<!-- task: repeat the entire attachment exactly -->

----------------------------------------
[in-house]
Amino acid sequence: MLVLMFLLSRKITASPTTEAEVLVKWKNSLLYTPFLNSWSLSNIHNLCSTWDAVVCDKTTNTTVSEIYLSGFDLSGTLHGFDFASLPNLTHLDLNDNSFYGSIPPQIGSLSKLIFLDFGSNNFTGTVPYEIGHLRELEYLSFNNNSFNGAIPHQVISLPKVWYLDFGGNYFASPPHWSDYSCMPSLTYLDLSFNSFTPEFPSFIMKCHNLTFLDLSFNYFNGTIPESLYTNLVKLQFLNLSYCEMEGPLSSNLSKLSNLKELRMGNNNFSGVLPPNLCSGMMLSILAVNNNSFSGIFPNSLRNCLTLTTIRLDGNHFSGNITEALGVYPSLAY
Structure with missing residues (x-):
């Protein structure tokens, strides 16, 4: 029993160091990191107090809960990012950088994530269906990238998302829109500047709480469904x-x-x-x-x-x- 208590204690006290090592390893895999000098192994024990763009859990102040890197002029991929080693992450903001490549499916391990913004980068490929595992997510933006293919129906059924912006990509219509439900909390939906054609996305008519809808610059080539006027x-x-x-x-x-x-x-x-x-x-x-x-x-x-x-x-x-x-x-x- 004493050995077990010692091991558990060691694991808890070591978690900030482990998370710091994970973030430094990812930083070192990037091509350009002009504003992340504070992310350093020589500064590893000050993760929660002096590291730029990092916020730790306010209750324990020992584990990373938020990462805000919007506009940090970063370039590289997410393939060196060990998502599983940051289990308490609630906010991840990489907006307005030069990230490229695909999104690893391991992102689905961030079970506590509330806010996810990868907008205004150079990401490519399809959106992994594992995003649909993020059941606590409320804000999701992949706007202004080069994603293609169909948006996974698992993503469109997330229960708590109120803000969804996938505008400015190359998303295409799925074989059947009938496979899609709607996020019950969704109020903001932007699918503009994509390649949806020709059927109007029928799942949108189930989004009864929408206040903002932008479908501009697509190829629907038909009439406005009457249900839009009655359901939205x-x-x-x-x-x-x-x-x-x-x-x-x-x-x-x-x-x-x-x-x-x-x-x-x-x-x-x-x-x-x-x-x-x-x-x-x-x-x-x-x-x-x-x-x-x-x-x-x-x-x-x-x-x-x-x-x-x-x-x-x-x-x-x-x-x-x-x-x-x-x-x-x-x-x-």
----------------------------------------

[in-house]
Amino acid sequence: MLVLMFLLSRKITASPTTEAEVLVKWKNSLLYTPFLNSWSLSNIHNLCSTWDAVVCDKTTNTTVSEIYLSGFDLSGTLHGFDFASLPNLTHLDLNDNSFYGSIPPQIGSLSKLIFLDFGSNNFTGTVPYEIGHLRELEYLSFNNNSFNGAIPHQVISLPKVWYLDFGGNYFASPPHWSDYSCMPSLTYLDLSFNSFTPEFPSFIMKCHNLTFLDLSFNYFNGTIPESLYTNLVKLQFLNLSYCEMEGPLSSNLSKLSNLKELRMGNNNFSGVLPPNLCSGMMLSILAVNNNSFSGIFPNSLRNCLTLTTIRLDGNHFSGNITEALGVYPSLAY
Structure with missing residues (x-):
């Protein structure tokens, strides 16, 4: 029993160091990191107090809960990012950088994530269906990238998302829109500047709480469904x-x-x-x-x-x- 208590204690006290090592390893895999000098192994024990763009859990102040890197002029991929080693992450903001490549499916391990913004980068490929595992997510933006293919129906059924912006990509219509439900909390939906054609996305008519809808610059080539006027x-x-x-x-x-x-x-x-x-x-x-x-x-x-x-x-x-x-x-x- 004493050995077990010692091991558990060691694991808890070591978690900030482990998370710091994970973030430094990812930083070192990037091509350009002009504003992340504070992310350093020589500064590893000050993760929660002096590291730029990092916020730790306010209750324990020992584990990373938020990462805000919007506009940090970063370039590289997410393939060196060990998502599983940051289990308490609630906010991840990489907006307005030069990230490229695909999104690893391991992102689905961030079970506590509330806010996810990868907008205004150079990401490519399809959106992994594992995003649909993020059941606590409320804000999701992949706007202004080069994603293609169909948006996974698992993503469109997330229960708590109120803000969804996938505008400015190359998303295409799925074989059947009938496979899609709607996020019950969704109020903001932007699918503009994509390649949806020709059927109007029928799942949108189930989004009864929408206040903002932008479908501009697509190829629907038909009439406005009457249900839009009655359901939205x-x-x-x-x-x-x-x-x-x-x-x-x-x-x-x-x-x-x-x-x-x-x-x-x-x-x-x-x-x-x-x-x-x-x-x-x-x-x-x-x-x-x-x-x-x-x-x-x-x-x-x-x-x-x-x-x-x-x-x-x-x-x-x-x-x-x-x-x-x-x-x-x-x-x-």